Various other attempts to stabilize flame have proposed as described in, for example: Japanese Patent (unexamined) Publication No. 59 (1984)-74,406 utilizing a pilot flame; and Japanese Patent (unexamined) Publication No. 64 (1989)-54,122 forming a swirl.

In these last-mentioned publications, only a small mixing zone to mix the combustion gas and the premixed gas is formed.

When dilution premix combustion is conducted according the flame stabilizing methods described above, both stabilization of premix flame and some reduction of NOx are achieved.

However, recently emission standards against NOx which causes photochemical smogs is becoming stricter, and hence it is desired to further reduce NOx.

SUMMARY OF THE INVENTION

In view of these drawbacks of the prior art, it is an object of the present invention to provide a combustor which ensures stable flame to be produced and NOx to be fairly reduced.

With this and other objects in view, one aspect of the present invention is directed to a combustor of the type which includes a first nozzle adapted to eject a jet of a premixed gas containing a fuel and air, comprising premixed gas burning means for burning the jet of the premixed gas from an inside to an outside of the jet, and gas mixing means for mixing a combustion gas with the jet of the premixed gas outwardly of the jet.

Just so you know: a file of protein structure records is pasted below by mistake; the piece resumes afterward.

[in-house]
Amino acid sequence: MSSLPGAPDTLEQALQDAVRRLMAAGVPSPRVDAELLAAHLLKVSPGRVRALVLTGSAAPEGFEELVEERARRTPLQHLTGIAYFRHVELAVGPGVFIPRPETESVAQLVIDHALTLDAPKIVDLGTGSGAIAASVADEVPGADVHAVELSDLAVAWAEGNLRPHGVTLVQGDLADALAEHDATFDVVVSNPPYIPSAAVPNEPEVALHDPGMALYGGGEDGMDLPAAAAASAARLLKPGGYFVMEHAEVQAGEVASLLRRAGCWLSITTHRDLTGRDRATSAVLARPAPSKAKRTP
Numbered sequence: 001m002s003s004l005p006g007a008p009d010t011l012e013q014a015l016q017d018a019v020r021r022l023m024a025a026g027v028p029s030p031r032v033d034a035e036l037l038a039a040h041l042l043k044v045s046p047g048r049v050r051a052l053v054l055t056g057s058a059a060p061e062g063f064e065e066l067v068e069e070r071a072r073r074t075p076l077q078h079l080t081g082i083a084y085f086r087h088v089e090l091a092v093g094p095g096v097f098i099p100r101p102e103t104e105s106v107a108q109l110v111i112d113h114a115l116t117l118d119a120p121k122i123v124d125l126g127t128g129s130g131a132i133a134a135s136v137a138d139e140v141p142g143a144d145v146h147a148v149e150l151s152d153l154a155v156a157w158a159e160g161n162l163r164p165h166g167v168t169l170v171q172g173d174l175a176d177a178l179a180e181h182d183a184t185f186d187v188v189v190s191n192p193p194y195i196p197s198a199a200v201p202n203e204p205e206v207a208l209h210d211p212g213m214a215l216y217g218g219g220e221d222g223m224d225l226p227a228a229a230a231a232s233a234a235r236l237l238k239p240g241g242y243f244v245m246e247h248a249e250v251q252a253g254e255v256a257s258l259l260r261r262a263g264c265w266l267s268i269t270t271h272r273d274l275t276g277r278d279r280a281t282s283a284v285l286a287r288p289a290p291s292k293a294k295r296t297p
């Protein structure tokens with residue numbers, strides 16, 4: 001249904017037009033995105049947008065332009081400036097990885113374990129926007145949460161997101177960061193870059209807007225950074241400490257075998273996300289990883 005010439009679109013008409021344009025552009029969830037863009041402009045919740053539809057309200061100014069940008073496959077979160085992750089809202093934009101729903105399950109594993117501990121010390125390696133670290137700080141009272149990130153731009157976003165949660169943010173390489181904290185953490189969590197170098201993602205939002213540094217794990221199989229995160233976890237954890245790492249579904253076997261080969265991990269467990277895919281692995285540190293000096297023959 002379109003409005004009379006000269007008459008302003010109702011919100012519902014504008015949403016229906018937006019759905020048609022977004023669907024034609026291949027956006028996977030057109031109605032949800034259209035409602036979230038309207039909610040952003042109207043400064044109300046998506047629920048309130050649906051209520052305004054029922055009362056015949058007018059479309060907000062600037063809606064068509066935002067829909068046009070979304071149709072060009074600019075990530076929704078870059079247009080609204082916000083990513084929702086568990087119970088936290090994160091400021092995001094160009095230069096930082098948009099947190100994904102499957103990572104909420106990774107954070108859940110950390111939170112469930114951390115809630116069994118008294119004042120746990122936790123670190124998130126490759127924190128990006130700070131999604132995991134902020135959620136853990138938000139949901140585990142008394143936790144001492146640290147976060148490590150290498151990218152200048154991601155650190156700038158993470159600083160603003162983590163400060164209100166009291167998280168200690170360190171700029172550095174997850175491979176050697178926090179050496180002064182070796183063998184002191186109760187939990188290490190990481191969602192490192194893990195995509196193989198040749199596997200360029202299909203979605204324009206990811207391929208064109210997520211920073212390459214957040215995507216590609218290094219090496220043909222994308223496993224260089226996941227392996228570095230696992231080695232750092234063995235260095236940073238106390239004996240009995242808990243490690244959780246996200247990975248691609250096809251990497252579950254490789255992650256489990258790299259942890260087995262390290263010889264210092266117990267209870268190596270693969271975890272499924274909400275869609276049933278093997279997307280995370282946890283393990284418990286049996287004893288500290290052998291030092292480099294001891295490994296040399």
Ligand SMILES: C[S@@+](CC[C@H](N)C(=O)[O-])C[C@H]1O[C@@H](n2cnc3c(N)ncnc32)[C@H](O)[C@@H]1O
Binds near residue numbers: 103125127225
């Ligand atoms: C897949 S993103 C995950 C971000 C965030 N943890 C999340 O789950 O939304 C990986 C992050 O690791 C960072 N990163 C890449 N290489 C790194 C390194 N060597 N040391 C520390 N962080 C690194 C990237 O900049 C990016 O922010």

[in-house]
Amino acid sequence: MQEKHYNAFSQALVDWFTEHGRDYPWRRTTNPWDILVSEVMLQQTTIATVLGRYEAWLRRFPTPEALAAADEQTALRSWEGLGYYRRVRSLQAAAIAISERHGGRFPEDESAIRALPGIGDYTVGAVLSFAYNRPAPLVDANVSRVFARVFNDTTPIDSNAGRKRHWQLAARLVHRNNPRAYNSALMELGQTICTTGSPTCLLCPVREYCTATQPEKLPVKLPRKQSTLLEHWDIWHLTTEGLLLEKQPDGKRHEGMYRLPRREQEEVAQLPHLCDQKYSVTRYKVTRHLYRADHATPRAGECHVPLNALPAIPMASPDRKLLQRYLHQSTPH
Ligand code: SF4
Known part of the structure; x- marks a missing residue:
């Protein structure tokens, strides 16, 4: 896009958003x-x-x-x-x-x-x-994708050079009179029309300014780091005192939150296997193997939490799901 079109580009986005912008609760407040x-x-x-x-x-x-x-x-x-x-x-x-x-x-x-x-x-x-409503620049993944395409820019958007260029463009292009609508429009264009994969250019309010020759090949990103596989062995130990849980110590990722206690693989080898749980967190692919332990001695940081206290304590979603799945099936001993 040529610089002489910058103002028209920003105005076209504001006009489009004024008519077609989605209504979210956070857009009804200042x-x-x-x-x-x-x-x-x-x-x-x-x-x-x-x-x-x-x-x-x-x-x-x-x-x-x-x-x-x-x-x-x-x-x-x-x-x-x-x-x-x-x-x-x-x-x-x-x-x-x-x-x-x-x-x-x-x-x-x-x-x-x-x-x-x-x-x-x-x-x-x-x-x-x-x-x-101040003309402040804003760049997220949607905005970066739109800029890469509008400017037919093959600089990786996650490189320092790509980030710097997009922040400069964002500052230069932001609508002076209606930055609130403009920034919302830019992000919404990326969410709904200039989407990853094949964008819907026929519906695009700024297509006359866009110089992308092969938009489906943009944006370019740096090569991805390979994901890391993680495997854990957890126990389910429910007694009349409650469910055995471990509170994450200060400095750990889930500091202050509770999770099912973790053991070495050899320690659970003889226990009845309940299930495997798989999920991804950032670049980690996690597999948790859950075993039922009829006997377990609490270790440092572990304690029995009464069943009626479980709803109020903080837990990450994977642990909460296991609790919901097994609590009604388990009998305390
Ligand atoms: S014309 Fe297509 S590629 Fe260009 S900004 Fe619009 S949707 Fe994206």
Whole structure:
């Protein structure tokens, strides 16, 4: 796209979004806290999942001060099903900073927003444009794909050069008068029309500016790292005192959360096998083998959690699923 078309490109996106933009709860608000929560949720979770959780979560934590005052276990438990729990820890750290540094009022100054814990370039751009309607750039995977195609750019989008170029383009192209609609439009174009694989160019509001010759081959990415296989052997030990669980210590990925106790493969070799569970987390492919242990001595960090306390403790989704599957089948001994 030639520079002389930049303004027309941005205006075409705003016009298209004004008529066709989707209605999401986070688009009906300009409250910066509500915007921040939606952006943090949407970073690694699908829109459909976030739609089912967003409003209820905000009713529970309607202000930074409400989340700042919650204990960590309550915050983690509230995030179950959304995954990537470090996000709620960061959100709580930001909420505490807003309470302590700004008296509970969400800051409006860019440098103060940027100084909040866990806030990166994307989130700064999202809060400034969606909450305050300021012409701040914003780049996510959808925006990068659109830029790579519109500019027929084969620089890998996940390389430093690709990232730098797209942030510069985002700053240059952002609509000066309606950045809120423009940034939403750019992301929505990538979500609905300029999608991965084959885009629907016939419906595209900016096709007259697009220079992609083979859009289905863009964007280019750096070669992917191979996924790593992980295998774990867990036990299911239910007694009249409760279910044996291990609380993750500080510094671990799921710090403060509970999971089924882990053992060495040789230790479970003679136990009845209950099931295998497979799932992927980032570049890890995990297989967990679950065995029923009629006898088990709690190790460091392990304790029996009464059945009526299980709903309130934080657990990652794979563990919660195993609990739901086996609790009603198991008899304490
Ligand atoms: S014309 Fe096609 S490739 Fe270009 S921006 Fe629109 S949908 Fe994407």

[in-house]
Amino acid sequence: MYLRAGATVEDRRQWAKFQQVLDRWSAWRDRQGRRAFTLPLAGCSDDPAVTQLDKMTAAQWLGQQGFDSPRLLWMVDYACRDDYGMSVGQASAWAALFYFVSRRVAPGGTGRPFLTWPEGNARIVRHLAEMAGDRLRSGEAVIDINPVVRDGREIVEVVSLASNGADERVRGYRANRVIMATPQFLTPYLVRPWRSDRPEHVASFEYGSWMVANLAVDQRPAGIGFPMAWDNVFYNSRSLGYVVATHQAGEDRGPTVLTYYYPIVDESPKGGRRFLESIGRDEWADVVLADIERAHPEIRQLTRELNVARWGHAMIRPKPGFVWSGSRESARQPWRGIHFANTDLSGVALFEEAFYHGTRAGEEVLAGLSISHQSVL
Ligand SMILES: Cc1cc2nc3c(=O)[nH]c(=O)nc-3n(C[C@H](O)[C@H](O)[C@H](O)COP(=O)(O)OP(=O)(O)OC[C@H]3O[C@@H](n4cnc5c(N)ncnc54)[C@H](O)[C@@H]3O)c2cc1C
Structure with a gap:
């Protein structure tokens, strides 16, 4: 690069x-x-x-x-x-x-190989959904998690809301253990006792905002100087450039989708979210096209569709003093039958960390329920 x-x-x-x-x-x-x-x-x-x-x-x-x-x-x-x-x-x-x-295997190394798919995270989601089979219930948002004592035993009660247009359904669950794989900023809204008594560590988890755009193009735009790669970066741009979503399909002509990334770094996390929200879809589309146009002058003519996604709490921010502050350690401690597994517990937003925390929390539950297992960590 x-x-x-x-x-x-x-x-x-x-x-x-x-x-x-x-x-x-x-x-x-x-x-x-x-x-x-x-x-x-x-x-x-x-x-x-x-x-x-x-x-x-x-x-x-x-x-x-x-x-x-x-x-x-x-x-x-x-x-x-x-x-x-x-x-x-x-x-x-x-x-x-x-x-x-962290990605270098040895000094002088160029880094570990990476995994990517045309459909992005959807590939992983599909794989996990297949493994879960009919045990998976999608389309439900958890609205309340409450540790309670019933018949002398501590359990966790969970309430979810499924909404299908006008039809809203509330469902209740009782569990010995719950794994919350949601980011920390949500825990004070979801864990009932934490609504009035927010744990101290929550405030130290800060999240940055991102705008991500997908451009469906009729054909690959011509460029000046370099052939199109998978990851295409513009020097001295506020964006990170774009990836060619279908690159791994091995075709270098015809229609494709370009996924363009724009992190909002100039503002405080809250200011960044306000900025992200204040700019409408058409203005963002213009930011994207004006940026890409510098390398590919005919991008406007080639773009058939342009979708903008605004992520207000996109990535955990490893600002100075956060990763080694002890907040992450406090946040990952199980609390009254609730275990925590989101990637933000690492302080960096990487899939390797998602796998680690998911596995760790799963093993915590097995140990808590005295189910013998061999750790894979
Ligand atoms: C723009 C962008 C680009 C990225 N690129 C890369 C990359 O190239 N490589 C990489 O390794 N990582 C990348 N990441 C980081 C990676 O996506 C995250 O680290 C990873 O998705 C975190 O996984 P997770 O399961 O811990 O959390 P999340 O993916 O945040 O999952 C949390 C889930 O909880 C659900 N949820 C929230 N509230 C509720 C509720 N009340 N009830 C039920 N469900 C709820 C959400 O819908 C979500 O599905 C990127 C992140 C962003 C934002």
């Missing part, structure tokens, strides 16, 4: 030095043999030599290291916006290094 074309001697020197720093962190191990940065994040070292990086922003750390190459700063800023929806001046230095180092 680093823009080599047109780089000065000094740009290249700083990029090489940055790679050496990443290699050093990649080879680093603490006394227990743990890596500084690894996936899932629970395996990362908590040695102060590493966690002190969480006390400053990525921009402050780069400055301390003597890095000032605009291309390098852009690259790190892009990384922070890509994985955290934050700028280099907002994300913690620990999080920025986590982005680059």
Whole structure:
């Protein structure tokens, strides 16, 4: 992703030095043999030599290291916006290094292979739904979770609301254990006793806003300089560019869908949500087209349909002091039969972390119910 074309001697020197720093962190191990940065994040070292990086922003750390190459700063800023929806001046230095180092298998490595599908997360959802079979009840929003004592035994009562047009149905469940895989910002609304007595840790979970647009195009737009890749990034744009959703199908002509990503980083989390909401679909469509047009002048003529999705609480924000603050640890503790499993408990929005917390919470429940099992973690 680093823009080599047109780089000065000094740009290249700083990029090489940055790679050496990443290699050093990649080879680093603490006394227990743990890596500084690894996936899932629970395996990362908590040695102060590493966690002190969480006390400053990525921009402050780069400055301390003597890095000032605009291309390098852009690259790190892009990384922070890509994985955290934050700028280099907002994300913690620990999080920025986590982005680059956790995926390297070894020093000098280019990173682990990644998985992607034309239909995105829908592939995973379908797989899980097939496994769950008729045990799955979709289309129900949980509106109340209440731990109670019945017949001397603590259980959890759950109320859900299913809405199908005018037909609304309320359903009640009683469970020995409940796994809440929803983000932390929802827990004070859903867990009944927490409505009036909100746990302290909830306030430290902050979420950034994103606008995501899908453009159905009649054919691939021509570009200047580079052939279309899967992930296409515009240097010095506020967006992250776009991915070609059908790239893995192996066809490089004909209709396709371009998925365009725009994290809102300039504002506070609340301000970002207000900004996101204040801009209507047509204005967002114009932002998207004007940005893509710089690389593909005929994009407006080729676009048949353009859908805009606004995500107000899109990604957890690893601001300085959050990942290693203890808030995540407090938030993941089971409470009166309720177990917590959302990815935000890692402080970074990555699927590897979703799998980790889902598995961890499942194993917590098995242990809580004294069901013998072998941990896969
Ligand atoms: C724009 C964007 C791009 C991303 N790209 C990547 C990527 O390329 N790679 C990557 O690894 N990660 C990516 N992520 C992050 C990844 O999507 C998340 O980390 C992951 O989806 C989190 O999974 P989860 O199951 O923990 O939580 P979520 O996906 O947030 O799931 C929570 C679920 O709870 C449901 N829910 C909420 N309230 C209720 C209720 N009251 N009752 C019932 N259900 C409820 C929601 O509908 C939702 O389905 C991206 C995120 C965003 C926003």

Another aspect of the present invention is directed to a gas turbine combustor comprising a first annular nozzle, having an exhaust port, for ejecting an annular jet of a first premixed gas through the exhaust port, the first premixed gas containing a primary fuel and air, annular baffling means for baffling the annular first premixed gas jet to bifurcate the first premixed gas set into two concentric annular jets, a primary combustion chamber communicated to the exhaust port of the first nozzle, with the primary combustion chamber sharply enlarging a cross-sectional area thereof from the exhaust port of the first nozzle. A second annular nozzle, including an exhaust port, ejects an annular jet of a secondary premixed gas, through the exhaust port thereof, with the second annular nozzle being arranged downstream of the primary combustion chamber and having an inner diameter larger than an outer diameter of the first annular nozzle, and with the secondary premixed gas containing a second fuel and air. A secondary combustion chamber is adapted to receive the secondary premixed gas injected thereinto from the secondary annular nozzle.